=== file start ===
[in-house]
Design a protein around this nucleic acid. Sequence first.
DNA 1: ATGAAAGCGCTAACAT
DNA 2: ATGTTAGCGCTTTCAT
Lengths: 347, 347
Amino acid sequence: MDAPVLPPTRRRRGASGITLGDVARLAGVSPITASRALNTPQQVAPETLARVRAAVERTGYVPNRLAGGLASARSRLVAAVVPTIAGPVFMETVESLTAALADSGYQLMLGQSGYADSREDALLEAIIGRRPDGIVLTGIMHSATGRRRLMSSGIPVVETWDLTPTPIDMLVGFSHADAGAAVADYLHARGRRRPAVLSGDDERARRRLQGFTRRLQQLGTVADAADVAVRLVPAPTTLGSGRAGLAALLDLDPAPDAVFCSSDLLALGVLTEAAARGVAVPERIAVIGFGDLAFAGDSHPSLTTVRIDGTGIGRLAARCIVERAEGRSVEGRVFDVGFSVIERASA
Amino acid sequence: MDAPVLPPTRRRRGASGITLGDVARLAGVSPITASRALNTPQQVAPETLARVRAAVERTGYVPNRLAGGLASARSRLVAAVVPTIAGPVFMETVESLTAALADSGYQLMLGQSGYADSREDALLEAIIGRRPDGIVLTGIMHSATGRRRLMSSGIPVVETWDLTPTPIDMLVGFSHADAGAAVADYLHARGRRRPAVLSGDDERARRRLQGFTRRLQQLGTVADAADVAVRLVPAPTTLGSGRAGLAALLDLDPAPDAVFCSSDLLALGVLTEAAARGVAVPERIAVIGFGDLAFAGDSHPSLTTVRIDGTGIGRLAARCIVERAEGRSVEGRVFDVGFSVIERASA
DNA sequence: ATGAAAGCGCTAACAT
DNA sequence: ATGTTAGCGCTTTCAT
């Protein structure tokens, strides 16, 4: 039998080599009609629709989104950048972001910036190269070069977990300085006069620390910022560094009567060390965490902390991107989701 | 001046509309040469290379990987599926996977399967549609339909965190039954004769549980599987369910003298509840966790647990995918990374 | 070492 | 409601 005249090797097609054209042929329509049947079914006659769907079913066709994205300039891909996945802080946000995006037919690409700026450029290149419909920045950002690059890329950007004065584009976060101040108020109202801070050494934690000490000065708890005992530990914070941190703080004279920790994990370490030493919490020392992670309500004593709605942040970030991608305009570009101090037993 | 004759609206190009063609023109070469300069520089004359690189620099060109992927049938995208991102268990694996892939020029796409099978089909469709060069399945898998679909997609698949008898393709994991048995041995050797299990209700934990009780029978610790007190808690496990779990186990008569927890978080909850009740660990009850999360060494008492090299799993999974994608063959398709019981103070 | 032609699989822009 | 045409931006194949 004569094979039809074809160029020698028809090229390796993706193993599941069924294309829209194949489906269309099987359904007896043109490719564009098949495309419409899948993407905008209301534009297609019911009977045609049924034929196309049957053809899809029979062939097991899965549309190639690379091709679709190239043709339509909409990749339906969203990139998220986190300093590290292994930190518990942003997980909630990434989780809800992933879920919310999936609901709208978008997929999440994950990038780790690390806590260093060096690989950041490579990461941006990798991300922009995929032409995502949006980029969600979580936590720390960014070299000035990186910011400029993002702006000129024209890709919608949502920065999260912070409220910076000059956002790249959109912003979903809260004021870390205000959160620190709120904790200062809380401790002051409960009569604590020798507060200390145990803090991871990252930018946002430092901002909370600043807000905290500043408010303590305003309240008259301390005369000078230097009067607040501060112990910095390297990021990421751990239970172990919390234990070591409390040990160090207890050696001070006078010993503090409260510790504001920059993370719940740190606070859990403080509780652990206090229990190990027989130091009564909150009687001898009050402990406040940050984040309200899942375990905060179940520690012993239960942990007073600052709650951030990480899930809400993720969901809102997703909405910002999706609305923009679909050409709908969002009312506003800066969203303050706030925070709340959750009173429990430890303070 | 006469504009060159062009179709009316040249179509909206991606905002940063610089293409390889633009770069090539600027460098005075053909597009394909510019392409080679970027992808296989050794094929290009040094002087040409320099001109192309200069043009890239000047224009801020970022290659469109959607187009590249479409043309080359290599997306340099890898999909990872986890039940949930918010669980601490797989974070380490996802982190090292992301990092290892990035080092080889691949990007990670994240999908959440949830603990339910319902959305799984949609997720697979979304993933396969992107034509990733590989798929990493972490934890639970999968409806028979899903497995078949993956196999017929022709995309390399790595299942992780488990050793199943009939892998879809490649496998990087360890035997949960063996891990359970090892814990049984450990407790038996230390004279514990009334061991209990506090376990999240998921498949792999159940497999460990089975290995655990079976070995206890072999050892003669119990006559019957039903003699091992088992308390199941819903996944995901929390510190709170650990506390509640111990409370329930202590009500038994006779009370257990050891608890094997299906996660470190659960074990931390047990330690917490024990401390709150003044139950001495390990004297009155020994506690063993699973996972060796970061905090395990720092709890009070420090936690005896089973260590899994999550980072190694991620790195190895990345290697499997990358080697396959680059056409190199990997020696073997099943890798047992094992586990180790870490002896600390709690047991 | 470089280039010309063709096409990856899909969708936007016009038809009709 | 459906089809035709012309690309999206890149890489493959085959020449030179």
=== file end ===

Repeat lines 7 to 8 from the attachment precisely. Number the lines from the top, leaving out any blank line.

Amino acid sequence: MDAPVLPPTRRRRGASGITLGDVARLAGVSPITASRALNTPQQVAPETLARVRAAVERTGYVPNRLAGGLASARSRLVAAVVPTIAGPVFMETVESLTAALADSGYQLMLGQSGYADSREDALLEAIIGRRPDGIVLTGIMHSATGRRRLMSSGIPVVETWDLTPTPIDMLVGFSHADAGAAVADYLHARGRRRPAVLSGDDERARRRLQGFTRRLQQLGTVADAADVAVRLVPAPTTLGSGRAGLAALLDLDPAPDAVFCSSDLLALGVLTEAAARGVAVPERIAVIGFGDLAFAGDSHPSLTTVRIDGTGIGRLAARCIVERAEGRSVEGRVFDVGFSVIERASA
DNA sequence: ATGAAAGCGCTAACAT